My Shanghai Is Better Than Yours
Four years ago, Dan Washburn dropped everything, moving from suburban Georgia to China's most dynamic city. As the editor of Shanghaiist.com, he's since learned far more about Shanghai than we ever could hope to, so we've invited him to tell us the best places to eat, shop, and play.
I arrived in Shanghai by accident, really. I had a decent gig at a small newspaper outside Atlanta--they paid me to try a new activity each week (bull riding, skydiving, nude water volleyball . . . ) and write about my experiences. Not bad. Of course, I also had to cover high school tennis, but there are always tradeoffs in life. Nearly four years into my Georgia stay, with another high school sports season on the horizon, I suddenly decided I needed to make a change. I didn't know what, and I didn't know where. I just knew I wanted something . . . different.
An e-mail here, a contact there, and faster than you can say "career suicide," I had signed a one-year contract to teach English at a place called Shanghai University. Different, indeed.
Four years later, my teaching days far behind me, I'm still in Shanghai. And I have no plans to leave.
Western journalists have taken to calling Shanghai "the most exciting city on Earth," and while I generally think anyone who writes such hyperbolic swill should be fired on the spot, it's true that Shanghai is certainly never boring. The city is constantly changing, always reinventing itself. The relentless pace of the place is addictive. I have fallen in love with Shanghai (and no, that's not hyperbole).
I had a personal website before I moved to Shanghai, so I kept it going once I got here. Hard to believe now, but back in 2002, there was a dearth online of English-language information about the city. My blog, Shanghaidiaries.com, quickly attracted a dedicated readership. Last summer, I launched Shanghaiist.com, a blog that has since become one of the most popular English-language websites about Shanghai.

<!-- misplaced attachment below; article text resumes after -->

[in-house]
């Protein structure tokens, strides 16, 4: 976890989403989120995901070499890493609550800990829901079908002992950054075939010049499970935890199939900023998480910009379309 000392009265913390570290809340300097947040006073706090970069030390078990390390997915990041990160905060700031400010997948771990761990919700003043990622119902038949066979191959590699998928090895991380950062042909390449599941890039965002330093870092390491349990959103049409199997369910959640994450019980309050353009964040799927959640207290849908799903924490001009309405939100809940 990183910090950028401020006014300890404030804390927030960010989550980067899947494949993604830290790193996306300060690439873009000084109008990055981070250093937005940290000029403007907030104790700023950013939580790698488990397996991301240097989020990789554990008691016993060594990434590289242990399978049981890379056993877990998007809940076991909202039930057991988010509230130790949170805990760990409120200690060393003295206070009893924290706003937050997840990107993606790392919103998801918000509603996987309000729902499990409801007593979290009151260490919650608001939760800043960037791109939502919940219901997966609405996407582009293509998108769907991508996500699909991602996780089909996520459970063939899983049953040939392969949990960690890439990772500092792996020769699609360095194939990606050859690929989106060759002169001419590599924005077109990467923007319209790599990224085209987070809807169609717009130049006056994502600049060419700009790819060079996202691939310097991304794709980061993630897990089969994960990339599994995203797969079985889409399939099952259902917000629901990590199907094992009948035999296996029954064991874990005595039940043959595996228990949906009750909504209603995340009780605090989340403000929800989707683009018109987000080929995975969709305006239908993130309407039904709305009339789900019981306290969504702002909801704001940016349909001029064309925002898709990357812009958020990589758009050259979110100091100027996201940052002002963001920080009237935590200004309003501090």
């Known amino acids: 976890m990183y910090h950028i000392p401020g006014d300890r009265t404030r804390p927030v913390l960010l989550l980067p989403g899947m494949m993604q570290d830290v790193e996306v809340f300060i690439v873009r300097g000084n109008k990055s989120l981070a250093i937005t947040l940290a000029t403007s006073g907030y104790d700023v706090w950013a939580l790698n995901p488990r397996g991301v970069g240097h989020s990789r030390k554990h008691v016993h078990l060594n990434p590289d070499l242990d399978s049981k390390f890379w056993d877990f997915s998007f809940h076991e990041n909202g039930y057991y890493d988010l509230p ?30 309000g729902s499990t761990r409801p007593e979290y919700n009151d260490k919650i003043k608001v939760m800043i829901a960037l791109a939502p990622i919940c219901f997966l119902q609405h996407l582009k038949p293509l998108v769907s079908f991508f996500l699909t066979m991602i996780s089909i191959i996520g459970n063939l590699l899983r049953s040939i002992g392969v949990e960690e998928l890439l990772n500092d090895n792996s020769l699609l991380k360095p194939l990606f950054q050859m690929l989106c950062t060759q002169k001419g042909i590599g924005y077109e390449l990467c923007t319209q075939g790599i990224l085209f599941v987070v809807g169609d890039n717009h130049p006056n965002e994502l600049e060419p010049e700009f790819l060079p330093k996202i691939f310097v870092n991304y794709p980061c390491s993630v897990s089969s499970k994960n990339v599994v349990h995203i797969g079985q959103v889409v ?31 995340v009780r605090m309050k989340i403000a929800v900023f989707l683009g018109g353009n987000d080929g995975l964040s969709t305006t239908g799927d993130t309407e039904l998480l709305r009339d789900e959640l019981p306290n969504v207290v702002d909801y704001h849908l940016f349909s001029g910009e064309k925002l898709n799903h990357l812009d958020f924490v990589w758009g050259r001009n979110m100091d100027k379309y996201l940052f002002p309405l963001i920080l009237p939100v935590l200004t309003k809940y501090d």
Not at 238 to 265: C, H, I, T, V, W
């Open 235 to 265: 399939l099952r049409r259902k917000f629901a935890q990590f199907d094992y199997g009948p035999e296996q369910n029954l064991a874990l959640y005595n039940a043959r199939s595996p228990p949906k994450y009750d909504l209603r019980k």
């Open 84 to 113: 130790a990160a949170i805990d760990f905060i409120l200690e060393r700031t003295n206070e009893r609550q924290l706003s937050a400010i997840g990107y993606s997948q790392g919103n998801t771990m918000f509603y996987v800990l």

It's kind of funny: Four years ago I was the guy asking all the questions, and now I'm the one other people look to for answers. I receive e-mail after e-mail from people the world over wanting to know about Shanghai, Shanghai, Shanghai. I respond to most of them, too. Think of the following 3,000 words as a giant mass e-mail about the city that I happily call home.
You probably aren't visiting Shanghai for its hamburgers--which are getting a lot better, by the way--so I'm focusing on Chinese restaurants. Whittling my list down was no easy task; Shanghai is a great city for anyone who loves to eat.
Shanghainese cuisine gets a bad rap: too oily, some say, or too sweet. But when prepared correctly, it can be delicious. (You'll hear that word a lot: It's one of the first English words students here learn.)
On a small, dark street in Luwan District, Chun ("Spring" in Chinese) serves the best home-style Shanghainese food in town. Reservations are essential, as Chun has just four tables. Simply ask the owner what she recommends. If you don't speak Chinese, have your hotel concierge write "please feed us well" on a piece of paper. You'll be taken care of.
There are a dozen more tables and an English menu at Jesse in Xuhui District, but you still need reservations. The braised pork is, well, delicious.
If you're out late, hope for a seat at Jing'an District's Bao Luo, a cavernous joint that stays open until 6 a.m. and often has lines out the door. I like the sauteed tofu and crabmeat.
Ye Olde Station Restaurant, in the heart of Xujiahui, is a little more upscale. Despite its name and the old train cars that double as dining rooms, it was never an old station. It was a French monastery, founded in 1921. (The equally regal St. Ignatius Cathedral is across the street.) Savor the tender Mandarin fish--a steamed river fish that the server will debone--then explore the grand building, which is the epitome of Old Shanghai.
You must try xiaolongbao, often called "soup dumplings." While the steamed delicacies--thin pastry skins filled with meat and scaldingly hot soup (be careful!)--can be found on many a corner, ordering them in English will get you nowhere. The easy solution is tourist-friendly Nanxiang Mantou Dian, in the kitsch capital of Old City, Yu Yuan. Nanxiang is famous, and recognizable by the long take-out line (pay more to get a seat upstairs). Gourmands grumble about a decline in quality at Nanxiang, preferring the Taiwanese chain Din Tai Fung in Luwan's Xintiandi development, despite a sterile atmosphere and higher prices.
The xiaolongbao's fried cousin is shengjian mantou, which is worth the wait at Yang's Fry-Dumpling . While we're on the subject of dumplings, I could live on jiaozi, minced meat and/or veggies in ravioli-esque skins. They're boiled, steamed, or fried and served with an addictive soy-vinegar sauce. Da Qing Hua is a chain--I go to the one in Jing'an--but it has a wonderful selection of jiaozi and other hearty specialties from the northeast. Don't miss the bizarre "penis shrine" in the men's room.